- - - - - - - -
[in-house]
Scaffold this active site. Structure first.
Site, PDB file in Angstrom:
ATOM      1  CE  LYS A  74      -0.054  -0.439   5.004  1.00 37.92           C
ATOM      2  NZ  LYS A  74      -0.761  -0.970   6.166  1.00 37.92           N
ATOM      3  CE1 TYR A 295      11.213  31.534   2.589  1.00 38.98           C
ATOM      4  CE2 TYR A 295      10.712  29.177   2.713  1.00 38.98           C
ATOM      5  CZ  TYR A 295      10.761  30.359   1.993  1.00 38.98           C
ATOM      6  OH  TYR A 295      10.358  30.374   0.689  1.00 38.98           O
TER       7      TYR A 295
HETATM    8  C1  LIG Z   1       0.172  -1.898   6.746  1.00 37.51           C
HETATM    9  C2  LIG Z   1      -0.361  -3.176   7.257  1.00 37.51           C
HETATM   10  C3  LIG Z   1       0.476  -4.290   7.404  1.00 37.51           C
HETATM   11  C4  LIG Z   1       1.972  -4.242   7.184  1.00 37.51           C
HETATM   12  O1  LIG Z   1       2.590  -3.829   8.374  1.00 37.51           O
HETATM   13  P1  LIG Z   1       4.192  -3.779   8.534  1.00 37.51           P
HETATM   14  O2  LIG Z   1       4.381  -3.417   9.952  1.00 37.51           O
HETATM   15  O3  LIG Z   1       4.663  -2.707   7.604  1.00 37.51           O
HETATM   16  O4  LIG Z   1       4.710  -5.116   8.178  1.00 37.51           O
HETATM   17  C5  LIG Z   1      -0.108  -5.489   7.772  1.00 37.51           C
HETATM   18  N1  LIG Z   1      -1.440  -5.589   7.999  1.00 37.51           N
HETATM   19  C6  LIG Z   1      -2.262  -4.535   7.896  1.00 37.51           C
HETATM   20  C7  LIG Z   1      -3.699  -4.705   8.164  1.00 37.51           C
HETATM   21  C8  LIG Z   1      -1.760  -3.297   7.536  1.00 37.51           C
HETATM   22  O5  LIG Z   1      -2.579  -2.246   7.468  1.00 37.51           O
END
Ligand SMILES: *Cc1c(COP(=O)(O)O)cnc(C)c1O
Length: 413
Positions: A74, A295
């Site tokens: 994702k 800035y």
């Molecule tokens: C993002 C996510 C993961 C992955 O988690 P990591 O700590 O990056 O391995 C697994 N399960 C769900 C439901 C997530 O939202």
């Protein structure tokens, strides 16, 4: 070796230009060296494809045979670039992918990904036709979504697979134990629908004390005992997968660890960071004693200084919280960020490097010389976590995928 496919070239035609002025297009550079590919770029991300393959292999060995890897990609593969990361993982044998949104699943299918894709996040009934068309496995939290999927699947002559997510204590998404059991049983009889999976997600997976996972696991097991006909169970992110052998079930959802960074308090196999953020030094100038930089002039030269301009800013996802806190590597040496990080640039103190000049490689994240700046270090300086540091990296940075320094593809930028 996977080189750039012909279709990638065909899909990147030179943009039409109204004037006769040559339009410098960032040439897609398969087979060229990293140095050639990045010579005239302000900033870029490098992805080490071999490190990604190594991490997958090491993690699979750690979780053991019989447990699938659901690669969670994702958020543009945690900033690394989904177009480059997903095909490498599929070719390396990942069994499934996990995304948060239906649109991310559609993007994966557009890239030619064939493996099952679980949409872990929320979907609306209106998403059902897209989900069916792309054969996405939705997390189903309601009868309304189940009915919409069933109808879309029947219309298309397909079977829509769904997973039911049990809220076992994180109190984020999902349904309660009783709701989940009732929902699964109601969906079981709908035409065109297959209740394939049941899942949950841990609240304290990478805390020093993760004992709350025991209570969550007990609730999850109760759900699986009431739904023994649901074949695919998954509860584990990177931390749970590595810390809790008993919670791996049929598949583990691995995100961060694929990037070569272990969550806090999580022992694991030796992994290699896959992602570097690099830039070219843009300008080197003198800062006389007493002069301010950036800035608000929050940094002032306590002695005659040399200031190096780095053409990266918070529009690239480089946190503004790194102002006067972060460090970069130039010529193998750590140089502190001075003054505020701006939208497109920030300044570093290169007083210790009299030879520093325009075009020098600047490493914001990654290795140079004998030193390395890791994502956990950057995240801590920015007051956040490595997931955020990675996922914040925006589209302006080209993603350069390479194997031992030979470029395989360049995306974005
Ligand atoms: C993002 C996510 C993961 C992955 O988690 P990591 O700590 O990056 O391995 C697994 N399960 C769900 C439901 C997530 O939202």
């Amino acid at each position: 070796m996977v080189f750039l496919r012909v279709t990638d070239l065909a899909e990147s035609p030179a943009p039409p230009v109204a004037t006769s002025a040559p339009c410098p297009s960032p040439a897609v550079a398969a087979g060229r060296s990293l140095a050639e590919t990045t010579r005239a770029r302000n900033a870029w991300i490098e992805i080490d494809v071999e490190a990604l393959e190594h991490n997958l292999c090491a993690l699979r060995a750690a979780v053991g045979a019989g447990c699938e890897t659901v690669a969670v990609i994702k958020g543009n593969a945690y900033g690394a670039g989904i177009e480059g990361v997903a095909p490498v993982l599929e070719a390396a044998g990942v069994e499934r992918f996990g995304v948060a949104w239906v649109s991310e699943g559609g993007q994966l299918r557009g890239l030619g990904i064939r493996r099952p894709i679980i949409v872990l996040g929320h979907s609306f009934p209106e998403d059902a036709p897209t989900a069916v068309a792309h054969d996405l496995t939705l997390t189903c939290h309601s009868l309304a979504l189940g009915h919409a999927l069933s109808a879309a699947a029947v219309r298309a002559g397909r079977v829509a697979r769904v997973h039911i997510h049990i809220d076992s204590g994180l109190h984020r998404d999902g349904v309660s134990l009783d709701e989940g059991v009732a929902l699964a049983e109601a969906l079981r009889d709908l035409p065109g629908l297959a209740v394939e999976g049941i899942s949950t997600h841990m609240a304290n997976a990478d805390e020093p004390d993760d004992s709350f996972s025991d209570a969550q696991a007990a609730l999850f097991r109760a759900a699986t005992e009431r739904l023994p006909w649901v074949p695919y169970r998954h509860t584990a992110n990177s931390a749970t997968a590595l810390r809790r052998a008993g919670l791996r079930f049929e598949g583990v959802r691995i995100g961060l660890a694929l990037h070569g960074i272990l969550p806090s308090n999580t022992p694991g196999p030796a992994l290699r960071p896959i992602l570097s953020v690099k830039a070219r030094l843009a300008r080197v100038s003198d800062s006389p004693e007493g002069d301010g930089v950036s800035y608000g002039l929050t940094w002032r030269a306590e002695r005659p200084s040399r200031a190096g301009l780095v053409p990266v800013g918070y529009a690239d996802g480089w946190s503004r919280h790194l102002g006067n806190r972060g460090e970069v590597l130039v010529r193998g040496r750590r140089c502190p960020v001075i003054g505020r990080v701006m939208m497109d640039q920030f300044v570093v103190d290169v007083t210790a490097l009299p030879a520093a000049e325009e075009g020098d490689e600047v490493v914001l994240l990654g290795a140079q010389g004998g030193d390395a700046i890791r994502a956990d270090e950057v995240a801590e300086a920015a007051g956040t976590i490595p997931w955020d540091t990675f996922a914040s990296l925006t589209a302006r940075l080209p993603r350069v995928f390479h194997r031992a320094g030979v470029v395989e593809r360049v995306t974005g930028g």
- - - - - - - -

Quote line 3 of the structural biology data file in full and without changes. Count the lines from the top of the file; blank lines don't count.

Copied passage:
Site, PDB file in Angstrom: